I’ve been home sick for part of this week, and I’ll admit to logging some couch time with my favorite daily tabloid of choice, the dastardly New York Post.
And that’s how, even in my lozenge-soothed stupor, I learned of this week’s major celebrity scandal: the purportedly jaw-dropping Annie Leibovitz photos of partially unclothed 15-year-old “Hannah Montana” star Miley Cyrus in the upcoming issue of Vanity Fair.
I looked at the pictures of her in the weird back-baring stole thing. I agreed with my colleague Sarah Hepola that you generally see more skin at prom, and that this smacks of the kind of “Outrage!” often voiced by those who cheerfully participate in questionable pop-culture habits — like consuming teen sexuality as served up by every television network, magazine, record company and movie studio — until the moment at which a large national spotlight is shone on them. Then they scream “Eek!” and start preaching about values.
Sure, Cyrus is being sexualized, and I guess it’s all kind of gross. But come on — in a world in which we market push-up bras (and “Cheetah Girls“!) to preadolescents and ‘tweens, in which Vanity Fair throws naked or lingerie-encased women on its covers whenever possible — are we really so appalled by the sight of a less-clad-than-usual 15-year-old who has already been packaged, marketed and unrelentingly sold, sold and sold to America’s daughters?
This is but one of the problems with how we treat developing female sexuality in this country: With every Barbie, every Abercrombie & Fitch catalog, every music video and every new style of miniskirt and tube top made in junior sizes and worn on “Hannah Montana,” we send the message to young girls that their job and their worth as young women will depend on their ability to look and act sexy, preferably while mouthing words they don’t yet understand about virginity and purity. Then, when they get to an age at which they might exhibit feelings or behaviors related to actual sex, we castigate and censor them.
It’s undoubtedly a deeply troubling and twisted cycle of hypocrisy and mixed messages, one that is worth examining, but not via faux puritanical outrage over a stole-wrapped teenager, especially when that teenager is owned and operated by a corporation currently selling racy underwear to children in China.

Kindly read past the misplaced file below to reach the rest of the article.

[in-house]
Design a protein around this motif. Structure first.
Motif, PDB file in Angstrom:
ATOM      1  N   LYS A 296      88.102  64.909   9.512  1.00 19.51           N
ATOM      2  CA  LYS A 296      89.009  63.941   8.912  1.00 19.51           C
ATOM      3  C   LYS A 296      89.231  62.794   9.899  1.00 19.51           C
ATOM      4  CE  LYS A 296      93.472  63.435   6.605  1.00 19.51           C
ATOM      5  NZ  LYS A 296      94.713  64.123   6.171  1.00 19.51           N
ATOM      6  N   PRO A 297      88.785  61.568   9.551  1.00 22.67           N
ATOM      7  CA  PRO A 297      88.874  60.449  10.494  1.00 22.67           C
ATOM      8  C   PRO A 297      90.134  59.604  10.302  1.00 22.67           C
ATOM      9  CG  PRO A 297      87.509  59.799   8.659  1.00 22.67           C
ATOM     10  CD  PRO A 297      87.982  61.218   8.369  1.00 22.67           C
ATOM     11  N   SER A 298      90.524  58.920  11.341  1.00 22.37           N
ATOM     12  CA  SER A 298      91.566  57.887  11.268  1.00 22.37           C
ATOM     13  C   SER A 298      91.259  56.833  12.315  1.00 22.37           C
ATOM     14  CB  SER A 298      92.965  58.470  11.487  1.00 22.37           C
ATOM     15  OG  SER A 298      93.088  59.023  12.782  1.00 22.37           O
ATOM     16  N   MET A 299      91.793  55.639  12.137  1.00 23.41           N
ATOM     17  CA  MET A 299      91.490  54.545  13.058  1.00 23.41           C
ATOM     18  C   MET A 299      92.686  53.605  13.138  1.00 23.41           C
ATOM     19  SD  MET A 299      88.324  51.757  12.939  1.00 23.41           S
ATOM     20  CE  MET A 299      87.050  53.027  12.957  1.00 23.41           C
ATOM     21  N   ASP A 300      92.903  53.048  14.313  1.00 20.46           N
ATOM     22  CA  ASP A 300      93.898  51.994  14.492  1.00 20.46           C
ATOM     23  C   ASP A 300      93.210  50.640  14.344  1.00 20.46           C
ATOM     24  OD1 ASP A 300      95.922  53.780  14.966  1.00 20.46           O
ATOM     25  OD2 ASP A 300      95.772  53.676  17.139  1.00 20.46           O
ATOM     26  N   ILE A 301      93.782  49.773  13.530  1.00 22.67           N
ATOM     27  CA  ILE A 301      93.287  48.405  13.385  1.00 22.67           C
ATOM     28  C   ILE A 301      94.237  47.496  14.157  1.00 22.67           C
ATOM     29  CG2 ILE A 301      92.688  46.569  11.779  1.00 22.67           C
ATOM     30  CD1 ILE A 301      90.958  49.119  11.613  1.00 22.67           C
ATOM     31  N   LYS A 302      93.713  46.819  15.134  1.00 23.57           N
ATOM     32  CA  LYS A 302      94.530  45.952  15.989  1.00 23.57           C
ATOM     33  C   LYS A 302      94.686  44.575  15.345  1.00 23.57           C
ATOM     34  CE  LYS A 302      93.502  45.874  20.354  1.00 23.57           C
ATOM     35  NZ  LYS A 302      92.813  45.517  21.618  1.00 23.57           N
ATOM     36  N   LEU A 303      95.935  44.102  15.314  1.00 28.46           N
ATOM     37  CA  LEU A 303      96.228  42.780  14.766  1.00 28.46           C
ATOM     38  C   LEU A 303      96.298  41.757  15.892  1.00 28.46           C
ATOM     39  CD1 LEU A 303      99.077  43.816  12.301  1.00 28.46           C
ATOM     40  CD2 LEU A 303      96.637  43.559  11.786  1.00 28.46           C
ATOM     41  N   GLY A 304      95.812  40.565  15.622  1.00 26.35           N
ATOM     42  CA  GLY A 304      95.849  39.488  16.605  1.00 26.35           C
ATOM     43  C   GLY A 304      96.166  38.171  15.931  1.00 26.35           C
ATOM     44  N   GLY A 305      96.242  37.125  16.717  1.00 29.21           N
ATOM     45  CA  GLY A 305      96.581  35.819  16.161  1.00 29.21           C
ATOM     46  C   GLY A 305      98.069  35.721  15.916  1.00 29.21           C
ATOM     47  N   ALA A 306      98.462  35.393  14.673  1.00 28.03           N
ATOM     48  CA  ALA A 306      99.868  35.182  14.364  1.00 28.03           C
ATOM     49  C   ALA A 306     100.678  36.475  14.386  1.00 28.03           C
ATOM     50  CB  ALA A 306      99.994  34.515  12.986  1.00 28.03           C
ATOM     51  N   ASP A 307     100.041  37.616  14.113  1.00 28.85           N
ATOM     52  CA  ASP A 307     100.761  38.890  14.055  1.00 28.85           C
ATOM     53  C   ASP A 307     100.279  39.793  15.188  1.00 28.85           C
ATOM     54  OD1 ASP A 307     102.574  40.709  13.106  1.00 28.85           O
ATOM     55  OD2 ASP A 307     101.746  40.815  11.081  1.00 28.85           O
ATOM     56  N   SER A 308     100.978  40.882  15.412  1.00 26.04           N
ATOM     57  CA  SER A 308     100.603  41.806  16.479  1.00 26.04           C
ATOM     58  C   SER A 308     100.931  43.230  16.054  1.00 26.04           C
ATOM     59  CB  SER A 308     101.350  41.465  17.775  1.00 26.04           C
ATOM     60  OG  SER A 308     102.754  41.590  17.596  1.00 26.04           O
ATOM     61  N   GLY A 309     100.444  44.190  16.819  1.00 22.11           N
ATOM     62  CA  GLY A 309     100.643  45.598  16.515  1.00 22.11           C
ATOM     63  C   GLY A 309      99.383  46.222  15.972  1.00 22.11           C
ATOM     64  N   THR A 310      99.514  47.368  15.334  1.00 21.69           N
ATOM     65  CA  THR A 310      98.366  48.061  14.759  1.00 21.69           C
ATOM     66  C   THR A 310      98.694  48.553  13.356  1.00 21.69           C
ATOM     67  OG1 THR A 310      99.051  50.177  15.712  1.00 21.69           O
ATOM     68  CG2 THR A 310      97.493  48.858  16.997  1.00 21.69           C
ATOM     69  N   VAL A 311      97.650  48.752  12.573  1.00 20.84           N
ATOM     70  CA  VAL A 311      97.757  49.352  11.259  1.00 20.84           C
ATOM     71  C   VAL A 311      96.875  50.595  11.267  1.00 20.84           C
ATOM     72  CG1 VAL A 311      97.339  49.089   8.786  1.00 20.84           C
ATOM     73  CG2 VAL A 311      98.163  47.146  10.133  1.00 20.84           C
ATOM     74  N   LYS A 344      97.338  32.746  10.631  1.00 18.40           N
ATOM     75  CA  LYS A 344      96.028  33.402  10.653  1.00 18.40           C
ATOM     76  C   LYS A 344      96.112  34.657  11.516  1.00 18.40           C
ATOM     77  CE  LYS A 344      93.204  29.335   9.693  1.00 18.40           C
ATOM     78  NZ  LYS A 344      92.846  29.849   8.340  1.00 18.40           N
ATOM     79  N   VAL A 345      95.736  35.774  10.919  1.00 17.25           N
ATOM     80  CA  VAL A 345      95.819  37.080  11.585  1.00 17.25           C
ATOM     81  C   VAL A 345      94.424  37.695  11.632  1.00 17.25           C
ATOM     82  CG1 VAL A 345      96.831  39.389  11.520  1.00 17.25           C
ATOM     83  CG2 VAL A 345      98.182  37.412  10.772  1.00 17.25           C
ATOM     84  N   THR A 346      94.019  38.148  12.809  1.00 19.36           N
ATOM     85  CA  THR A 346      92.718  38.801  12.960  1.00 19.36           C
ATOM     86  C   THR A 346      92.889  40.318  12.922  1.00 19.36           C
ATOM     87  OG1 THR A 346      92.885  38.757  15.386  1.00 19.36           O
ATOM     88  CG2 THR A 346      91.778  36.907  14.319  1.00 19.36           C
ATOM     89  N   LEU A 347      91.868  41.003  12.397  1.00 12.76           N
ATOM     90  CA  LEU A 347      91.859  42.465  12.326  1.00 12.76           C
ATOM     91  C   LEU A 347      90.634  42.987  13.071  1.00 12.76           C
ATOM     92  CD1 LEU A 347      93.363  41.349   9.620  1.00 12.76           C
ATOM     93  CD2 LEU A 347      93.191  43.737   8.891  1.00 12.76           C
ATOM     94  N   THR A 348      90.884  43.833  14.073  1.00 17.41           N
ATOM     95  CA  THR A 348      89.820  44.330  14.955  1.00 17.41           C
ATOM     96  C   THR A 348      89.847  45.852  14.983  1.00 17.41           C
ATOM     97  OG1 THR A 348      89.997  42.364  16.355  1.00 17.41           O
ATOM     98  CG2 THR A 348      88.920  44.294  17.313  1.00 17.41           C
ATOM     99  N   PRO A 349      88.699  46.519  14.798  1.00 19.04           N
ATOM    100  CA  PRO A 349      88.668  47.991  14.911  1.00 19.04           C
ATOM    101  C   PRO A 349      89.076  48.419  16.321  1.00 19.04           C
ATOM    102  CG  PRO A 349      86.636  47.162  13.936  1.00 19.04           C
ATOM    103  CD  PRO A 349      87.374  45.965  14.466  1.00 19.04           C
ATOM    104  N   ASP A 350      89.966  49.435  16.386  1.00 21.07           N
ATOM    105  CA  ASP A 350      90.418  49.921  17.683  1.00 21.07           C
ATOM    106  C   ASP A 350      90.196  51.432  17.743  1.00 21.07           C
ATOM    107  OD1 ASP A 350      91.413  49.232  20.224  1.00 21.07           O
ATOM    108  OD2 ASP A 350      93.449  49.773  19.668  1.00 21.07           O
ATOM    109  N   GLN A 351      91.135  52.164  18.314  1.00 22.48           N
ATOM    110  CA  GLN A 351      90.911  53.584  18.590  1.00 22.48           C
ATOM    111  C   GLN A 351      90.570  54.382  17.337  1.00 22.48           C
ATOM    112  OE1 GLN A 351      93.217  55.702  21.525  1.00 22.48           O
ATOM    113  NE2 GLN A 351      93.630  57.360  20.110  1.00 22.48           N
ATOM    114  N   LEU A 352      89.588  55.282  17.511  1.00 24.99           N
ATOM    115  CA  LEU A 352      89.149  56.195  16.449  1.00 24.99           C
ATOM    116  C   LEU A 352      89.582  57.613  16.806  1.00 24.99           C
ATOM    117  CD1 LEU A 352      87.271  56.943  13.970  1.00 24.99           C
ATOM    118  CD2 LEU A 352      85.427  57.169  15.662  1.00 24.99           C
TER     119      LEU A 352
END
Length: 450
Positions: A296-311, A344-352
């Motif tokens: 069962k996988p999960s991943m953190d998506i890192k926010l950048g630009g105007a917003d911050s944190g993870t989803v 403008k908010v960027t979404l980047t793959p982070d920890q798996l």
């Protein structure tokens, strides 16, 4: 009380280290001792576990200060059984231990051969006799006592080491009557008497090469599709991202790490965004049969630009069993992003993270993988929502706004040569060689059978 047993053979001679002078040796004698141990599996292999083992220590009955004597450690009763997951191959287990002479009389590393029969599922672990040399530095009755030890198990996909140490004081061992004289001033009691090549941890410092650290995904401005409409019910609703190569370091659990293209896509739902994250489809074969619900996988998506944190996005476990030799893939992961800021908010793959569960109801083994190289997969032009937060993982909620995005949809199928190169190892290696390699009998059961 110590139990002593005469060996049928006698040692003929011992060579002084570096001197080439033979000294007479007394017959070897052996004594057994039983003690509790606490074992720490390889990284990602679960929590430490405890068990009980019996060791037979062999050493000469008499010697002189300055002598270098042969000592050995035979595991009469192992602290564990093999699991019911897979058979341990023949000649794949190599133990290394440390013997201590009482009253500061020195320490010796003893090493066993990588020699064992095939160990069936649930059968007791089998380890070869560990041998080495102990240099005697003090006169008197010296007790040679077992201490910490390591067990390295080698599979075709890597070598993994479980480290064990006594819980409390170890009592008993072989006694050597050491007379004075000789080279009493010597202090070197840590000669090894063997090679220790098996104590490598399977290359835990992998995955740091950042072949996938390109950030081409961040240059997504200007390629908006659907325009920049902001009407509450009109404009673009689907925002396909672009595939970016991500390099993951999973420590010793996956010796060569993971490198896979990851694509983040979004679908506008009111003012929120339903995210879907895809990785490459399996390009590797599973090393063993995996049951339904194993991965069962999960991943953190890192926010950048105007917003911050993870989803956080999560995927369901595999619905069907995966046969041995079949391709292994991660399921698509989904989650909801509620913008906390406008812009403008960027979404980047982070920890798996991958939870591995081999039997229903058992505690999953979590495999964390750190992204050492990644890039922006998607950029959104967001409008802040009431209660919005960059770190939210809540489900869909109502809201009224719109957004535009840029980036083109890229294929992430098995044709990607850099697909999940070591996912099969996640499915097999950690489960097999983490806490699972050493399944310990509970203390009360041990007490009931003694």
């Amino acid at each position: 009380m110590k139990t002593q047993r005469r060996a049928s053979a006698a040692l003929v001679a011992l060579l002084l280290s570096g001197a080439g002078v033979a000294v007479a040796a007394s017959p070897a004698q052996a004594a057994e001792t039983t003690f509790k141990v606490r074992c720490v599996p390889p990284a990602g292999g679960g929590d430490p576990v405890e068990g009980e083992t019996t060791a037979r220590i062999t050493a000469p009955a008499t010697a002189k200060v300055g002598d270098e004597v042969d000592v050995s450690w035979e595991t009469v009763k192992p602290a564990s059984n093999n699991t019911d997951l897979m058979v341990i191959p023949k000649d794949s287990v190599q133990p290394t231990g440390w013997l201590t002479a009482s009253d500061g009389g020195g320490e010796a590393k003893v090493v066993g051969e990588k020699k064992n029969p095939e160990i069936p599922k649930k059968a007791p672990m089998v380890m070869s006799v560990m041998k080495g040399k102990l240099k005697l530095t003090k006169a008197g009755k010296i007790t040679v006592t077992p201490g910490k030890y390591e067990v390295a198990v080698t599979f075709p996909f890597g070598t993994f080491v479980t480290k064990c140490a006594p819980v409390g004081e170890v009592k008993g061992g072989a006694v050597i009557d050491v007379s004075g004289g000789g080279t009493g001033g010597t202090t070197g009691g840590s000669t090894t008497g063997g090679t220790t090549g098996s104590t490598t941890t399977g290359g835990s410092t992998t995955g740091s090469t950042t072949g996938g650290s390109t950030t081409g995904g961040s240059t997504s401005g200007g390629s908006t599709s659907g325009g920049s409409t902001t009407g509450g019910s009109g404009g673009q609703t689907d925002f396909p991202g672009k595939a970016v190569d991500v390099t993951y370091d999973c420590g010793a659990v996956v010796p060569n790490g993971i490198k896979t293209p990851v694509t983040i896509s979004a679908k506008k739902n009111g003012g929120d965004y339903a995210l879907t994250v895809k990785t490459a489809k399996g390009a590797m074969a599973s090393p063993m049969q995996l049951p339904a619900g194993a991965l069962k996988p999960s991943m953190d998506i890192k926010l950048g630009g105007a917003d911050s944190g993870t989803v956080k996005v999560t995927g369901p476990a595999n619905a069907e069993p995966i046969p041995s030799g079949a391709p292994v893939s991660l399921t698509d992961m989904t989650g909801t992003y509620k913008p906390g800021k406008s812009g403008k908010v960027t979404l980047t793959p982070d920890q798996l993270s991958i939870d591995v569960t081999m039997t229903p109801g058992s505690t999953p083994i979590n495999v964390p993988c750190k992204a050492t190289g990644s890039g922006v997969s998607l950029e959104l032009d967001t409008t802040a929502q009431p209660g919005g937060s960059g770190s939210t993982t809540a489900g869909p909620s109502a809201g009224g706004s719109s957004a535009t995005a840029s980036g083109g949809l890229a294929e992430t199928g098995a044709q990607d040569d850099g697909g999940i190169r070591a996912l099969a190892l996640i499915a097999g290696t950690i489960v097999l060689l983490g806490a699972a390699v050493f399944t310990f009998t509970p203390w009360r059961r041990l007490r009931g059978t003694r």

But what is mystifying to me about the whole mess: Why the outcry over the nude-back photo and very little uproar over the truly upsetting shot of Cyrus with her daddy, Billy Ray? To me this image, in which daughter slumps on father’s lap, his hand holding hers, her nearly exposed hip jutting out just next to his arm, is far more suggestive than the tousled backless image, which at least leaves open the possibility that this young woman might be trying out her sexual agency on her own, not playing it up to enhance her father’s masculinity. Yech. The image, in fact, is shiveringly reminiscent of less artsy-fartsy recent photos of Miley acting foolish with her boyfriend.
But the still image of Miley and Billy Ray has nothing on the very much more creepy behind-the-scenes video of the photo shoot, currently available on Vanity Fair’s Web site. In it, the Cyruses — père et fille — are shown posing together, his hand resting on her inner thigh as he nuzzles her forehead and she gazes up at him adoringly. The camera skims up her legs as her dad simultaneously throws his arm around her protectively and does his best Le Tigre for Leibovitz’s camera, which is, after all, resuscitating his career at the same time it frames and captures his offspring’s blossoming allure. Talk about boosting your own credentials on the body (literally) of your daughter.
And it’s not just this Cyrus thing.
How about these stomach-turning images of Hulk Hogan caressing his bikini-clad daughter Brooke?
And in this week’s other New York Post scandal, about baseball star Roger Clemens’ reported affair with country singer Mindy McCready, whom he met when she was 15 (she is now 32), I couldn’t help noticing that McCready’s father acted as her spokesman, and was comfortable clarifying — not to say publicizing — details of his daughter’s sexual past to a newspaper. “I’ve been talking to Mindy about this a lot, and I can assure you that nothing went on between them physically until well after she had moved to Nashville,” Tim McCready assured the Post, adding that “with Roger, there was a definite attraction between them. But it was an on-again, off-again thing … For Roger, one spring training comes around and the season starts, he is dedicated to baseball. So they had about three months a year when they could see each other.”
How about, instead of slapping the wrists of those (Vanity Fair, Disney, the Cyrus family) who will blush or wag their fingers all the way to the bank thanks to this Cyrus story, we take a moment to make a salient point:
Family values — as defined by Walt Disney, the church, the Republican Party or anyone else — do not include a father’s ownership of his daughter’s body or sexuality, or his treatment of her sexuality as his property or financial or personal resource.